|Not everyone is asleep though!|
I launch from the slip on Jim Driscoll Way in Grangetown and paddle up the Taff. This is a really good access point for using the bay but unfortunately like most things, you have to pay. Currently you can either pay £5.00 for the day or get a yearly season ticket that is calculated against the length of your boat. Both are available from the harbour office located upstairs in the leisure centre, there are other access points for the bay where you do not have to pay but they involve either a little carry or an interesting get in.
The scenery isn't amazing along this stretch of water but it gives me an opportunity to concentrate on technique, on today's menu is vertical paddle strokes and edging. Both of which I certainly haven't sorted, sometimes when I edge, the boat turns nicely and I can navigate the bends of the Taff without using sweep strokes, other times I head towards the bank like someone has switched on a boat magnet. However it didn't take long and slowly as I paddled further upstream I gained more control of the boat.
After a short while once you pass under the Castle Street Bridge the river banks become more appealing...
but this doesn't last long, as the river gets shallower I'm forced to turn around.
Whilst paddling up the river I was overtaken by a number of rowers or is it scullers, as I paddle back there are even more coming up towards me including a woman in a dingy with outboard engine, shouting coaching instructions to the rowers, suddenly the river doesn't seem to be that wide for someone with edging issues. I decide not to pop the deck and take the camera out as my boat tends to turn 90 degrees to the bank while I'm faffing about, I didn't fancy finding out what it was like to be a speed hump.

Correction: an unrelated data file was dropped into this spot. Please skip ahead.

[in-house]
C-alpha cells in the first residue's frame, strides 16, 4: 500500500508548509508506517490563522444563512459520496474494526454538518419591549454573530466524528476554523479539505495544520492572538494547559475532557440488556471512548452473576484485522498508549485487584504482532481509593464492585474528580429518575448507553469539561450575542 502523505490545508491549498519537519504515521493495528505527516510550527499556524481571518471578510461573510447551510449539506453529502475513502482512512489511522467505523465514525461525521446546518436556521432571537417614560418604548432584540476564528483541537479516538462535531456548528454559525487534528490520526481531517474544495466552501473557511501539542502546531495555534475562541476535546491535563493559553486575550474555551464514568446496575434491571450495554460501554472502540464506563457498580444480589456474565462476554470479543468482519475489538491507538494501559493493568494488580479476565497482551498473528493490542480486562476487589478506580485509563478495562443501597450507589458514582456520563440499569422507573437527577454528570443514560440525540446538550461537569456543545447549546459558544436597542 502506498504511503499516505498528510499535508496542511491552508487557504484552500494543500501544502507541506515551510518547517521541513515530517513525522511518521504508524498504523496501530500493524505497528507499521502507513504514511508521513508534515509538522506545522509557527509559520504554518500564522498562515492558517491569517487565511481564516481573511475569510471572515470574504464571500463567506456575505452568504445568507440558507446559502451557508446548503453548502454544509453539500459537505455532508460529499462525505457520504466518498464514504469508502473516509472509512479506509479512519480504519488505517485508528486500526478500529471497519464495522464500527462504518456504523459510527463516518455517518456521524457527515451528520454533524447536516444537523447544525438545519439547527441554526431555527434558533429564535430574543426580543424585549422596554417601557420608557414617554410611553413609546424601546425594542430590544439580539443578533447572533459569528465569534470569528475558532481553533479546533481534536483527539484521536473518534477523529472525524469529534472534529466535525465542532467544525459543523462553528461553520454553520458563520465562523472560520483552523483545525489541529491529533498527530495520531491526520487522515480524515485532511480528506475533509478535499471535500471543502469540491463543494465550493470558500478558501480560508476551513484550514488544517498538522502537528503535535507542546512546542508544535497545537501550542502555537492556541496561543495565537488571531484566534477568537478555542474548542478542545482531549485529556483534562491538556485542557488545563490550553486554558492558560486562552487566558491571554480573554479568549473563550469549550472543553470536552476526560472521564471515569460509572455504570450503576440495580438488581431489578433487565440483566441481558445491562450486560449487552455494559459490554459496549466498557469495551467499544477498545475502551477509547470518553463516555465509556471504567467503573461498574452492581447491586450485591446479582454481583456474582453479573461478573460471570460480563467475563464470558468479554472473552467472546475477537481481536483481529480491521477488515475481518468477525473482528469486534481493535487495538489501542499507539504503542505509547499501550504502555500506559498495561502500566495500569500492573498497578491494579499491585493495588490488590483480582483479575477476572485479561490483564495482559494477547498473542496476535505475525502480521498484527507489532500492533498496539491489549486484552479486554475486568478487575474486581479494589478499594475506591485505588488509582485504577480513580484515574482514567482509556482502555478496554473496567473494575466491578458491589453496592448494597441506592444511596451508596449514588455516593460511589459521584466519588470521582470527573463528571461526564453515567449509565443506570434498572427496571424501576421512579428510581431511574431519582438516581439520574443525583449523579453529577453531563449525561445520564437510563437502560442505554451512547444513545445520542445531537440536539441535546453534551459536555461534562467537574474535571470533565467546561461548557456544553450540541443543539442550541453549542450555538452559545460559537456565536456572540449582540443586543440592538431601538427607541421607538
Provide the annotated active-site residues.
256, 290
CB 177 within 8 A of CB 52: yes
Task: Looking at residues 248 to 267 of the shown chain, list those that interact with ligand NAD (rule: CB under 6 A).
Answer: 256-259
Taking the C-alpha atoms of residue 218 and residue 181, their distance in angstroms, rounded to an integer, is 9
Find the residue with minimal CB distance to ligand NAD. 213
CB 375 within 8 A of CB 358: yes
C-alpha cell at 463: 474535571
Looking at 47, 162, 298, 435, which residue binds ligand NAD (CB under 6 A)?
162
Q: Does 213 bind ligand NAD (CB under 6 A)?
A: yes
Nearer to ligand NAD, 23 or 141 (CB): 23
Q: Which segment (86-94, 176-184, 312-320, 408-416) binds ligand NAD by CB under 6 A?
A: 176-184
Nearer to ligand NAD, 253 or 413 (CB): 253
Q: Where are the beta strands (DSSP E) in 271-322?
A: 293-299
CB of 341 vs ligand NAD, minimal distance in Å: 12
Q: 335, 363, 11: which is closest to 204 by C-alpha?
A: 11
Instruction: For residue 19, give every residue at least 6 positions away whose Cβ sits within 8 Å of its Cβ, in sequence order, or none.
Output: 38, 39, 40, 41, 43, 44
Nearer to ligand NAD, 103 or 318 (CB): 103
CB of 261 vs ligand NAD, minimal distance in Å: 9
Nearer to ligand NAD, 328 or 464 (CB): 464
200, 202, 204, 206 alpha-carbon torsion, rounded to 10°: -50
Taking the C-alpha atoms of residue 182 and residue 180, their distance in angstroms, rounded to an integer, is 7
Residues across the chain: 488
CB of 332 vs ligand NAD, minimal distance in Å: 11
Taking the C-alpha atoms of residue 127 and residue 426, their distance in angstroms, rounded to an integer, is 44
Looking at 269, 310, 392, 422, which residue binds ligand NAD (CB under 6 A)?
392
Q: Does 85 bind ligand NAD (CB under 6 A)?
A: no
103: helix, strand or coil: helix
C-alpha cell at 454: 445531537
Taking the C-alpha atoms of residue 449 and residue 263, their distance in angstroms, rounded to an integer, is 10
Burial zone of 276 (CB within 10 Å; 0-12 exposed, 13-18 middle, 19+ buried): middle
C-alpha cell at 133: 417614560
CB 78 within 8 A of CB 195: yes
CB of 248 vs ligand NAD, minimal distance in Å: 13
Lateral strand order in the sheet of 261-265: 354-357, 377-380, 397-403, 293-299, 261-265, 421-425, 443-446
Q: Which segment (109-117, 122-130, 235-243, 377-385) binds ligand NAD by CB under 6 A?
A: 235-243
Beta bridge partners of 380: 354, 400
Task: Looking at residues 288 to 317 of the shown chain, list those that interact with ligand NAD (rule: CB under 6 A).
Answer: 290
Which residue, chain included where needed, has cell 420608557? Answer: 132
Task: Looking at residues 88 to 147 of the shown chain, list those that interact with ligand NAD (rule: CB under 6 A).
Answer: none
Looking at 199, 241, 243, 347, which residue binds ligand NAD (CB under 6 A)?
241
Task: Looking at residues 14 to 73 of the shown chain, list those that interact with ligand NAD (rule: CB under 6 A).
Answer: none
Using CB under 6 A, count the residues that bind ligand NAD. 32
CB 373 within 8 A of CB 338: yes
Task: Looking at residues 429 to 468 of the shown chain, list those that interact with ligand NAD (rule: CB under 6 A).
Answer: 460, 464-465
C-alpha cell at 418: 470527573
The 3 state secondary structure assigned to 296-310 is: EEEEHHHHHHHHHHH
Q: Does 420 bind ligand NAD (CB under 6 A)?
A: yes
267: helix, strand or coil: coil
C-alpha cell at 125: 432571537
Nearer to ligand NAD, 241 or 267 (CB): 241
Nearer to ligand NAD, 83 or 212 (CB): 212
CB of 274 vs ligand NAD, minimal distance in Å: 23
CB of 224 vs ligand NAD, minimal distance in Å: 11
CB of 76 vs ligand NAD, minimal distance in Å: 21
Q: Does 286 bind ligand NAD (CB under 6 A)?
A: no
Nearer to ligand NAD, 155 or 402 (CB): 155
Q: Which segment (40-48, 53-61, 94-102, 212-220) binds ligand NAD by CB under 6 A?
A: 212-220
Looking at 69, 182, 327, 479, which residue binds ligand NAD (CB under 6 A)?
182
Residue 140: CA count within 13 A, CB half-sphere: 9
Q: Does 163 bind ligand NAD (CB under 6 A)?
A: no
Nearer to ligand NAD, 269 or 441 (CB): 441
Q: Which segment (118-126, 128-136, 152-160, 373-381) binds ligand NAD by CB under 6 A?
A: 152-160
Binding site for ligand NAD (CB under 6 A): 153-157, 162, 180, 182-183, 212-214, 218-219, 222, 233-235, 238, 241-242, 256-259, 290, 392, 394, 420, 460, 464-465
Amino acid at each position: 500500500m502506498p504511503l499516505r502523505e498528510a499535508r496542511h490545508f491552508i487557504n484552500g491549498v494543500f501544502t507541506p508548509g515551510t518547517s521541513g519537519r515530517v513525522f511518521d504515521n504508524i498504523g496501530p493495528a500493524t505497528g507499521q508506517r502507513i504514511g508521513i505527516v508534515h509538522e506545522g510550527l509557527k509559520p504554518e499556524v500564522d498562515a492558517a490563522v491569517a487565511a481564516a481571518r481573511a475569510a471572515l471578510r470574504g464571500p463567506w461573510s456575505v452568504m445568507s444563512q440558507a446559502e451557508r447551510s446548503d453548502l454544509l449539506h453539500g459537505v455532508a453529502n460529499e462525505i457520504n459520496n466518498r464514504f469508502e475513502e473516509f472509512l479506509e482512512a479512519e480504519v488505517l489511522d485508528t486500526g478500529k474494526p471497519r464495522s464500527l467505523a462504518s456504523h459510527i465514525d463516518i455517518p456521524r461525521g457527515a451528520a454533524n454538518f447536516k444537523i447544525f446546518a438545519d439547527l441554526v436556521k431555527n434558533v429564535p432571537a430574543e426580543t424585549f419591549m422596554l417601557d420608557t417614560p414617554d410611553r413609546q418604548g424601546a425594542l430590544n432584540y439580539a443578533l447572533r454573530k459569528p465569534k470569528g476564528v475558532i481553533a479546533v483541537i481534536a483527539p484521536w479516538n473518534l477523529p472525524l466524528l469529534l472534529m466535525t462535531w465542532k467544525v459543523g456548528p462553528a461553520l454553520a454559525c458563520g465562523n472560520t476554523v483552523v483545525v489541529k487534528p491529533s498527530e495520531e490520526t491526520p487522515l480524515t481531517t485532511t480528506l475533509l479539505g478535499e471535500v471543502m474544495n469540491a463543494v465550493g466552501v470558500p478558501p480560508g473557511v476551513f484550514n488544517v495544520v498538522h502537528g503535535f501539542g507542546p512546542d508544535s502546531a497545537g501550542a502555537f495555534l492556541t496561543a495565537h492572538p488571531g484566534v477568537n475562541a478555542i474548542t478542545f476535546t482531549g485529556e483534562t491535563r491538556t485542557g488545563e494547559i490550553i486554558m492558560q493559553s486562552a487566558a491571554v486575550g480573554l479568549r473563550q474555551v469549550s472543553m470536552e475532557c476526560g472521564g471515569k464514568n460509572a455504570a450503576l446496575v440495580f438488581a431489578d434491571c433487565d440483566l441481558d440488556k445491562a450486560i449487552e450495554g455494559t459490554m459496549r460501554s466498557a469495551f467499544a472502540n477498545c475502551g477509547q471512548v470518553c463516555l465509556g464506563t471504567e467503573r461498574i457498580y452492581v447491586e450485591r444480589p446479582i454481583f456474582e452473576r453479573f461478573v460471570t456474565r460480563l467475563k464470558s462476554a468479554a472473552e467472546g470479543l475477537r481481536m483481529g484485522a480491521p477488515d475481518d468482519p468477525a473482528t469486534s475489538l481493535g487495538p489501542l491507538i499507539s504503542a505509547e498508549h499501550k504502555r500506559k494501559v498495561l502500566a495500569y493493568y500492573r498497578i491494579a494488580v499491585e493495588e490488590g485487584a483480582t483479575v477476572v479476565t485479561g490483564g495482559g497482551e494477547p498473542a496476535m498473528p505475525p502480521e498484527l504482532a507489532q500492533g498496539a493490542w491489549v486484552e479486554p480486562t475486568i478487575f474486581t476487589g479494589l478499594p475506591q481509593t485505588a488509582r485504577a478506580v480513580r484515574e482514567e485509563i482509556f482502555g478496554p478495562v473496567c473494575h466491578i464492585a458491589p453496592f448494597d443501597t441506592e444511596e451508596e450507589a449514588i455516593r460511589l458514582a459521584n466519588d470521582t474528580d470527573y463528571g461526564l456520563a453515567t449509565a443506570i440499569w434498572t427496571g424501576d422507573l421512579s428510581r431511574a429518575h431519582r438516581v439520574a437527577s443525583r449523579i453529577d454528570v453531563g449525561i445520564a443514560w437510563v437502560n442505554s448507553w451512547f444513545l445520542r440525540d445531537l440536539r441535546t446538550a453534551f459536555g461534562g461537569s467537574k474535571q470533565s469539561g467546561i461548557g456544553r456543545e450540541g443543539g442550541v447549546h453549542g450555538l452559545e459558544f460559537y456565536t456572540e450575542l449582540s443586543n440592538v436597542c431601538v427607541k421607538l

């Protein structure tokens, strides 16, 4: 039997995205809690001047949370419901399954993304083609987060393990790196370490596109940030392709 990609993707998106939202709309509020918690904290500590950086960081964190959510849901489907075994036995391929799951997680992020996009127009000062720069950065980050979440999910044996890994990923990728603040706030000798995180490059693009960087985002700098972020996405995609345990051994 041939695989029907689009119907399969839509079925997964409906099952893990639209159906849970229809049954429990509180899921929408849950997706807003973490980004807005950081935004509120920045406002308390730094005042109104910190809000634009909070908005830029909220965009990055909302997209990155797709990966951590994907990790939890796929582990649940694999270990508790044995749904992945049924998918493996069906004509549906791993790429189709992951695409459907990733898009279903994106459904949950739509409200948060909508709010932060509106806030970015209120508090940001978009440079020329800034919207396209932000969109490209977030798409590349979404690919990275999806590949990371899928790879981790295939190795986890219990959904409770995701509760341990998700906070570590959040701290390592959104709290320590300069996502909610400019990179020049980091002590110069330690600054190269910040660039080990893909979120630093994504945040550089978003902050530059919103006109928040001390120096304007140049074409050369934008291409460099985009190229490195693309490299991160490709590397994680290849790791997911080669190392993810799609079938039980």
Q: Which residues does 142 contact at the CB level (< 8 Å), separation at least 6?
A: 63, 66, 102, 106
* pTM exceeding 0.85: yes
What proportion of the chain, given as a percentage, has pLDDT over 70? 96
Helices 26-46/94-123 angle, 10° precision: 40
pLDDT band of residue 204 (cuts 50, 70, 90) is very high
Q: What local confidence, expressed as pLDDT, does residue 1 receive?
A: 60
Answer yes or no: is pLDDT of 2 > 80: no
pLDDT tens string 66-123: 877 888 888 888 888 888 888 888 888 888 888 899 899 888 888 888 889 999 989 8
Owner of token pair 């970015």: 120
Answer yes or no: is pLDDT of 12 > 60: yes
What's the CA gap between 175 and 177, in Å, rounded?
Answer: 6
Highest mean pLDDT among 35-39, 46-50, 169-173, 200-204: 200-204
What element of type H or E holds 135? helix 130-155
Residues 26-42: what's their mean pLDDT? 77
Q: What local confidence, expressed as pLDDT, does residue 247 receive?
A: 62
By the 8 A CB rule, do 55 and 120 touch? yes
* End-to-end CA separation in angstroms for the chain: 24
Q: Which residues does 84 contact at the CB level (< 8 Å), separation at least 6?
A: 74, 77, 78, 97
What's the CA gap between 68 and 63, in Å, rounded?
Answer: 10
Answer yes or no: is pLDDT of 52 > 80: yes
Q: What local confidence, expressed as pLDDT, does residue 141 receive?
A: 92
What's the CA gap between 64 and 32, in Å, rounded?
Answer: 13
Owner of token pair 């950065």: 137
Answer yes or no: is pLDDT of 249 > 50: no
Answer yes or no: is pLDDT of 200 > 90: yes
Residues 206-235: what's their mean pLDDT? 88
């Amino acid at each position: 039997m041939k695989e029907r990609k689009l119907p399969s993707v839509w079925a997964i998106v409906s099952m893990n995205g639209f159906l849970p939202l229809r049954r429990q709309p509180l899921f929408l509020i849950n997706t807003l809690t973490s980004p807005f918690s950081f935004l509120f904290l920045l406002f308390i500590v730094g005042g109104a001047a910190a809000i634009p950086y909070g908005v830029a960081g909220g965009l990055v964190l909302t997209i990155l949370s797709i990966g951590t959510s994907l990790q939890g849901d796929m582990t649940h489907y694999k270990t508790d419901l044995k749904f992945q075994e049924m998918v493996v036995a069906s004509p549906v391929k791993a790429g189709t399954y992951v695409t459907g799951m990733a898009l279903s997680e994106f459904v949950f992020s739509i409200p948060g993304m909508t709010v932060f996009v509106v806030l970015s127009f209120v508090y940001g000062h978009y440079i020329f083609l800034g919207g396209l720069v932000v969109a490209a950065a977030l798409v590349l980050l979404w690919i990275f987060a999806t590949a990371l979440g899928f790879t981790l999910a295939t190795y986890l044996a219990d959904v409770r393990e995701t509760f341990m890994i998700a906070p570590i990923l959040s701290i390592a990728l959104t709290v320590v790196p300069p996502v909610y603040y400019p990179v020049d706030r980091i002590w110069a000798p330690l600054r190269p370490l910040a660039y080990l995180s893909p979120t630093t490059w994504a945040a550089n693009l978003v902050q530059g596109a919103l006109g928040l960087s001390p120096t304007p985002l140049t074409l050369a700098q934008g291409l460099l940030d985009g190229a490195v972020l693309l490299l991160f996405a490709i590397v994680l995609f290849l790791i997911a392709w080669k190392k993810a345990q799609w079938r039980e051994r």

I carry on past the get in, out into the bay concentrating on my edging. I stop and look around, the sun is shinning on the roof of the millennium centre and reflects a lovely bronze colour.
Unfortunately by the time I got the camera out the moment was gone. I head over in the direction of the Norwegian Church, is that the Black Pearl.
I decide to try and head back without getting run over,there are boats everywhere and I'm at the bottom of the food chain. After a few heart stopping moments as I encounter the wake of a few boats (tip:-watch out for the yellow speed boats) I make it safely back to the get in where I see another paddler gearing up. I walk over and say hello, it was Peter from something called 'Glam Boaters" (I find out it is a Cardiff based kayak club) he tells me tales about a very inspiring trip he went on from Barry the other week and about his recent trip to West Wales which also sounds equally exciting, he also talks about somebody called Taran who is apparently a local sea kayak celebrity?
Cardiff bay is not big it doesn't take long to do a circumnavigation, but its a good place to go to blow the cobwebs out, practice a few skill or just paddle without having to worry about tides etc. I know I'll be back time and time again.